How Wira Star Hairul Azreen Became Malaysia’s Rising Action Hero

Hairul Azreen, the star of Paskal and Wira, tells us of his martial arts training and rise to stardom.

Wira Hairul Azreen
Photo: Wira

Netflix is bringing to light fresh blocs of world cinema, streaming straight into our living rooms, and lately Malaysian filmmaking has been on the rise. Today’s world-renowned Malaysian stars include distinguished actress Michelle Yeoh and the Malaysian-born British actor Henry Golding. Netflix already offers a dozen recent movies, as well as over three times as many TV dramas, including two from the next up-and-coming Malaysian leading man, Hairul Azreen.

A national Taekwondo champion, Azreen is tall, dashing, and seriously shredded with a body built for action. Now 32, he started acting in 2008, starring in well over a dozen Malaysia TV series over the first decade of his career. He broke into movies in 2011 with a comedy feature titled Senario The Movie Ops Pocot. However, it’s action where Azreen really shines. 

Azreen garnered worldwide attention when his last two films, Paskal and Wira, were picked up by Netflix. Paskal is an abbreviation of Pasukan KhaLaut, the special ops branch of the Royal Malaysian Navy, which supported this project. It was the most expensive Malaysian film made to date—a bombastic gun show of naval hardware, spectacle, and brimming patriotism— that stands among Malaysia’s top grossing films. Based on actual events, the film depicts Operation Dawn 8: Gulf of Aden, the rescue of the ship MV Bunga Laurel from Somalian pirates. It also co-stars Kung Fu choreographer Tiger Chen (The Matrix, Kill Bill). Azreen is particularly proud of the project, not only because he was the lead but also because as he says, “We were highlighting our national unsung heroes.” 

Wira is an underdog, underground fight film, also set in contemporary Malaysia, with some overlapping characters from Paskal. Azreen plays a completely different character but gets to showcase his martial prowess far more, pitting him against the veteran master of movie mayhem, Yayan Ruhian (The Raid, John Wick: Chapter 3 – Parabellum). Beyond facing off against Ruhian, Azreen delivers several intense fight scenes, including a complex single take sequence fending off a horde of gangsters in a warehouse.

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Azreen spoke with Den of Geek to introduce himself to his newfound international audience.  

Den of Geek: You got your start in the martial arts. Tell us about that.

Hairul Azreen: I picked up Taekwondo when I was just 8 years old. Taekwondo eventually drove me to my Black Belt through hard work and, ultimately, representing Selangor at the 2004 SUKMA games.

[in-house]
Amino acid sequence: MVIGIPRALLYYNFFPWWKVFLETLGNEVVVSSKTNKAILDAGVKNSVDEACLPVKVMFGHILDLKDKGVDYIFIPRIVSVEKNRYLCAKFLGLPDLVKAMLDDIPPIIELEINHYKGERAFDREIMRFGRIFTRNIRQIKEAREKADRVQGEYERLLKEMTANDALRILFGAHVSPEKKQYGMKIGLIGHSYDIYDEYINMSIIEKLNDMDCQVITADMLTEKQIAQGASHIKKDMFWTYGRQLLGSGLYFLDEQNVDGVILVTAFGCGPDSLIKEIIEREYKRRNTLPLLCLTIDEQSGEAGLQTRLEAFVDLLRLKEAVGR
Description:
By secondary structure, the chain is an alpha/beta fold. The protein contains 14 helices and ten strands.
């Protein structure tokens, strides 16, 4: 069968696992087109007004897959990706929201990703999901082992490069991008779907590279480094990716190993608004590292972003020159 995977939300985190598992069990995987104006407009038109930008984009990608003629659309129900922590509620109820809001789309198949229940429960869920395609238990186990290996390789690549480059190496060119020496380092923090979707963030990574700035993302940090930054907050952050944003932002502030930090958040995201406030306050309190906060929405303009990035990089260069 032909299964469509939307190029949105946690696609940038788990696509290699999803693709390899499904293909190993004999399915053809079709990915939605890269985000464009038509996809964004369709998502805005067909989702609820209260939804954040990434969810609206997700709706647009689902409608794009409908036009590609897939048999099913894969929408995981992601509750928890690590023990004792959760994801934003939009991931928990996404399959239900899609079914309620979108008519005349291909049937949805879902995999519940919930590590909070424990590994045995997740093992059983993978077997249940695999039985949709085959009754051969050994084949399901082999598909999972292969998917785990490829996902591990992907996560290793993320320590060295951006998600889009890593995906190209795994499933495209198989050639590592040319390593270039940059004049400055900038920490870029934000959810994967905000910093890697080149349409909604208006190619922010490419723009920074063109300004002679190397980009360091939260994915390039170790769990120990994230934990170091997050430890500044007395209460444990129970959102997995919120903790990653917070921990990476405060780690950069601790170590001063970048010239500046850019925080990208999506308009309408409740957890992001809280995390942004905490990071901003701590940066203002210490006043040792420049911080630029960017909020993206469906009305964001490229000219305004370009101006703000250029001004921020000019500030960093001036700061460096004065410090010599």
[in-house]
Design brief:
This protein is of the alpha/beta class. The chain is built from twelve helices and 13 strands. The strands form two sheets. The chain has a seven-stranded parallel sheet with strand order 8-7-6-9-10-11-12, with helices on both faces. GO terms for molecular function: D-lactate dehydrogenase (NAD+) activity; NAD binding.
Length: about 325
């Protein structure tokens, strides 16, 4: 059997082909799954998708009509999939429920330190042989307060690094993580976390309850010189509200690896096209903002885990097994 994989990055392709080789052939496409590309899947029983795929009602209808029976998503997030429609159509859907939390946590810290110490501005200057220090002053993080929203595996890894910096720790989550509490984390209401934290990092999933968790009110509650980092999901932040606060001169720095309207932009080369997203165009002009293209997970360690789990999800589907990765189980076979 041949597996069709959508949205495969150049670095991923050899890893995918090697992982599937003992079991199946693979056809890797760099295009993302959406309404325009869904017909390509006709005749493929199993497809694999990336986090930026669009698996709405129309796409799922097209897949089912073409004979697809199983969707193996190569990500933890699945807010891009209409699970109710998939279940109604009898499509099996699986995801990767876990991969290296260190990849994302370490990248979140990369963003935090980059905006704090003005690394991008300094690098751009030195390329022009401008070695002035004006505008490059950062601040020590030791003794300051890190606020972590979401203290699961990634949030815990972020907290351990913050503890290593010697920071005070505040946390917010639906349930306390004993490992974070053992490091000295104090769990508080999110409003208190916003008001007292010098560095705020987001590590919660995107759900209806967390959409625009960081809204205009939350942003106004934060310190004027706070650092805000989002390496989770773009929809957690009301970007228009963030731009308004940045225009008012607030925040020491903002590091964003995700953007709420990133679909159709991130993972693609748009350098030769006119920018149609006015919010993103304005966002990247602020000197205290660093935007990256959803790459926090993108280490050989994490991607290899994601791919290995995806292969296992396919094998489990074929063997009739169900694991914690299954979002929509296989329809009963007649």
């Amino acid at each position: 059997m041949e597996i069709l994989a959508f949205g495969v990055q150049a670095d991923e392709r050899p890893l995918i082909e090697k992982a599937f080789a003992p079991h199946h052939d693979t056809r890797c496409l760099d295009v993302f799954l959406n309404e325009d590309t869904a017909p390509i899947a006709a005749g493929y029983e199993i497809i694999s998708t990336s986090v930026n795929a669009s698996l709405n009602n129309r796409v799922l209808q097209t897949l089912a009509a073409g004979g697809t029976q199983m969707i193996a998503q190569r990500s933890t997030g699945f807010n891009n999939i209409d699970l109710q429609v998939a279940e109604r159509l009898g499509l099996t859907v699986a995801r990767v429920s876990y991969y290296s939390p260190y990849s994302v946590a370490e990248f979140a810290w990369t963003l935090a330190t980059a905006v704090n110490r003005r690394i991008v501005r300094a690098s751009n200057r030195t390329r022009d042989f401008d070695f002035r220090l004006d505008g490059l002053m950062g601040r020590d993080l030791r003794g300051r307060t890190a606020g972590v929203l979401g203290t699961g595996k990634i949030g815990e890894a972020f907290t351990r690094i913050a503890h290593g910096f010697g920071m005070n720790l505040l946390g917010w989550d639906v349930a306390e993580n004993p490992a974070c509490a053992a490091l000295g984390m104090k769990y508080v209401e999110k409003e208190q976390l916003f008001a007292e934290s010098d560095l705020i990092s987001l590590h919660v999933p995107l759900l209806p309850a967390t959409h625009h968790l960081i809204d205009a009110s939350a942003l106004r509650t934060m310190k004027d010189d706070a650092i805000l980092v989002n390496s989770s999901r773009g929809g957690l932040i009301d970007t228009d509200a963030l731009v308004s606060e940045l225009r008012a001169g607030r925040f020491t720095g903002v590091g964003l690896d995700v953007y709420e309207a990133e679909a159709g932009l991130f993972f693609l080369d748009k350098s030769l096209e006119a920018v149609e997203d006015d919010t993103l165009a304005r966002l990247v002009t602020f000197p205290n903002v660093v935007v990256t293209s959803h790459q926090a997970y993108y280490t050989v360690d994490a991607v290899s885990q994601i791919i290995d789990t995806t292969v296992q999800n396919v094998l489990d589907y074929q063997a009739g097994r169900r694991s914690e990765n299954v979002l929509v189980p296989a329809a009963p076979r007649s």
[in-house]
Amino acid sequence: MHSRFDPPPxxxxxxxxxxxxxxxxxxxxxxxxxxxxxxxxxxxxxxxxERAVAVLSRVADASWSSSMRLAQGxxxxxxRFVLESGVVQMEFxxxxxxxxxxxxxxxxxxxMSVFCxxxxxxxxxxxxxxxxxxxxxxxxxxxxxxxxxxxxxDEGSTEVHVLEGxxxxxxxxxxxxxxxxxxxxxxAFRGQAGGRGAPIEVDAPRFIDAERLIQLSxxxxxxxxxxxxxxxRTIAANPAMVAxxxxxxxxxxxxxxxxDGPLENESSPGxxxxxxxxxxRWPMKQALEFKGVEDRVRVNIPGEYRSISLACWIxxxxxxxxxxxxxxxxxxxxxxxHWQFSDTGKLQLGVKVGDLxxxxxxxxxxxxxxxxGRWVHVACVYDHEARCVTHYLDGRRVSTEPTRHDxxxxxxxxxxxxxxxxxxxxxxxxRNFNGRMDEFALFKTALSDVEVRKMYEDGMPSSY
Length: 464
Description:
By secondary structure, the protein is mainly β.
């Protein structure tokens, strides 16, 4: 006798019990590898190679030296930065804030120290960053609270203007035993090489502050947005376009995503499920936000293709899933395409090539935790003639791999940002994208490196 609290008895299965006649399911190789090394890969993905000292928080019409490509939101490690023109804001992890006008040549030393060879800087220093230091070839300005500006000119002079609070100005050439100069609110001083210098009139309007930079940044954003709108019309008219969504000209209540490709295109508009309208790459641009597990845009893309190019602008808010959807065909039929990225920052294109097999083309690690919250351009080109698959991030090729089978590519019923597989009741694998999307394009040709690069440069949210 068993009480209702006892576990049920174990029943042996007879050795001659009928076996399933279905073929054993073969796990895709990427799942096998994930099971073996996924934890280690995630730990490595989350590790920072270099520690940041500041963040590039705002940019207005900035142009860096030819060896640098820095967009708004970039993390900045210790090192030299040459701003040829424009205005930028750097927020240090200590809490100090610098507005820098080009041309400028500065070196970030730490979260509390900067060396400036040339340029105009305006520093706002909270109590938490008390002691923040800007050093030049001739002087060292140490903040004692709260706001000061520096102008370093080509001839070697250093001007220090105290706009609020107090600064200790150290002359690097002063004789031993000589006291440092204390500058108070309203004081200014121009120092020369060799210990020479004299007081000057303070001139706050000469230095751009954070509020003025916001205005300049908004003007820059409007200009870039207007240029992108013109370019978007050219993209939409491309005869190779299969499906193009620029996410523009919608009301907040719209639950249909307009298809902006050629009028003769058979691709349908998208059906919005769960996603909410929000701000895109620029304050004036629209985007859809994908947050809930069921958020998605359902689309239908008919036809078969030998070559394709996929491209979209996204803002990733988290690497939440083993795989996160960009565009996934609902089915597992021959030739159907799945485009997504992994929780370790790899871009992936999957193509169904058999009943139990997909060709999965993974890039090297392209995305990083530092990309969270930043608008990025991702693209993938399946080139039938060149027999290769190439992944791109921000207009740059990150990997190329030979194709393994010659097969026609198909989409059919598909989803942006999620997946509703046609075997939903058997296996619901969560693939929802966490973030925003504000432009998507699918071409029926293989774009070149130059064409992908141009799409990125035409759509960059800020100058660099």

I loved the action and training that I went through practicing Taekwondo, which instilled my spirit of never giving up and improved my confidence for the long run. Martial arts bring me tremendous joy with the exhilaration from a competitive sparring session conducted in the right spirit. It gets my blood pumping and filled with adrenaline. That buzz is what I crave as it keeps me physically fit and mentally on the ball as well. 

Have you studied other martial arts beyond Taekwondo?

I did study our very own and unique Malay martial art that is Silat.

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How did you go from martial arts champion to acting?

I eventually landed my first jobs as a stuntman in local tele-movies and films. It was certainly tough work, but I really enjoyed it by getting in the rough and tumble action! After being involved in several smaller productions, I managed to land my first supporting role in a drama series – Rona Roni Macaroni. From there, things started looking up for me with 10 other drama and tele-movie roles in that year alone. Since then, I’ve continued to work on my craft by brushing up on my acting skills whilst continuing to maintain my physical condition at its peak. Ultimately, it brought me the leading roles that I am fortunate to have today.

Beyond Wira and Paskal, which other of your movies do you recommend for Western audiences and why?

Among others are Polis Evo2, firstly because I am in it [laughs]. This is where our filmmakers took it to the next level. 

Malaysian cinema is relatively new to the U.S. What should U.S. audiences look for in Malaysian film?

Culture. We are unique in our own way. For example, which I believe you have seen in Wira, is the manners in our culture which shows Hassan’s respect to his father, even though he is going against Hassan’s will.

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Tell us about what went into shooting the single take warehouse fight scene in Wira.

It’s tough. We were shooting during the month of Ramadan. After training for two weeks, we had to complete the scene within three days. I tore three of my ankle ligaments during the 30-foot free fall. My doctor advised me to rest for at least two weeks. I decided to go against the advice. It’s a miracle that we complete the scene the very next day.

How was it to work with Yayan Ruhian in Wira?

Awesome! It was an honor to be working with him. He has great ideas and techniques. Given the status, he is humble and very pleasant to work with. I had never dreamed to be in a single frame with him.

Who among today’s martial arts stars would you like to work with in the future?

Tony Jaa, Iko Uwais, Scott Adkins.

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What new projects do you have coming up?

There are few offers. I was supposed to join one huge local war movie in June, but due to the pandemic it was postponed to next January. In October, I will be in a local action thriller.

What would you like newcomers to Malaysian cinema to know?

Thank you for supporting our local film. I hope you will keep on watching. There will be more from us.

Paskal and Wira are available on Netflix.